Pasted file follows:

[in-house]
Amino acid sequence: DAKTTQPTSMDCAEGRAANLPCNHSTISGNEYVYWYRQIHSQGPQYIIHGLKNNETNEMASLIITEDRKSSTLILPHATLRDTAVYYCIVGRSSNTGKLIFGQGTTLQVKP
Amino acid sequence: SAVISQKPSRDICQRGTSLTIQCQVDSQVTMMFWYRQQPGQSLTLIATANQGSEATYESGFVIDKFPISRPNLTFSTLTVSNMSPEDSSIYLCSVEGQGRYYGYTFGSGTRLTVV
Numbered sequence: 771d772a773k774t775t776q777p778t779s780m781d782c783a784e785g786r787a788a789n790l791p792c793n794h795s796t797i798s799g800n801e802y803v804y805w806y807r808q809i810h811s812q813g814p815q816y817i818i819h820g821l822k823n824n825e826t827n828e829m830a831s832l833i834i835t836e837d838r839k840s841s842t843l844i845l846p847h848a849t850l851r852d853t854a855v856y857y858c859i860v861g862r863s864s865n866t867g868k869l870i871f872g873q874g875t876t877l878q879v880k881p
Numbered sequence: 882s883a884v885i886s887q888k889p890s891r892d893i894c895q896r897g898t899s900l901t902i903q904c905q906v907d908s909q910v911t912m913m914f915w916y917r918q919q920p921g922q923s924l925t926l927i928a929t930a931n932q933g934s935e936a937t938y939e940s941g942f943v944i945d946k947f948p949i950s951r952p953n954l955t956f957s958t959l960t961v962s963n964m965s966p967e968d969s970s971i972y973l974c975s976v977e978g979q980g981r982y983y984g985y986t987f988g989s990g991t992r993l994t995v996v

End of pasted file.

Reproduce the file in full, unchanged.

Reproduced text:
[in-house]
Amino acid sequence: DAKTTQPTSMDCAEGRAANLPCNHSTISGNEYVYWYRQIHSQGPQYIIHGLKNNETNEMASLIITEDRKSSTLILPHATLRDTAVYYCIVGRSSNTGKLIFGQGTTLQVKP
Amino acid sequence: SAVISQKPSRDICQRGTSLTIQCQVDSQVTMMFWYRQQPGQSLTLIATANQGSEATYESGFVIDKFPISRPNLTFSTLTVSNMSPEDSSIYLCSVEGQGRYYGYTFGSGTRLTVV
Numbered sequence: 771d772a773k774t775t776q777p778t779s780m781d782c783a784e785g786r787a788a789n790l791p792c793n794h795s796t797i798s799g800n801e802y803v804y805w806y807r808q809i810h811s812q813g814p815q816y817i818i819h820g821l822k823n824n825e826t827n828e829m830a831s832l833i834i835t836e837d838r839k840s841s842t843l844i845l846p847h848a849t850l851r852d853t854a855v856y857y858c859i860v861g862r863s864s865n866t867g868k869l870i871f872g873q874g875t876t877l878q879v880k881p
Numbered sequence: 882s883a884v885i886s887q888k889p890s891r892d893i894c895q896r897g898t899s900l901t902i903q904c905q906v907d908s909q910v911t912m913m914f915w916y917r918q919q920p921g922q923s924l925t926l927i928a929t930a931n932q933g934s935e936a937t938y939e940s941g942f943v944i945d946k947f948p949i950s951r952p953n954l955t956f957s958t959l960t961v962s963n964m965s966p967e968d969s970s971i972y973l974c975s976v977e978g979q980g981r982y983y984g985y986t987f988g989s990g991t992r993l994t995v996v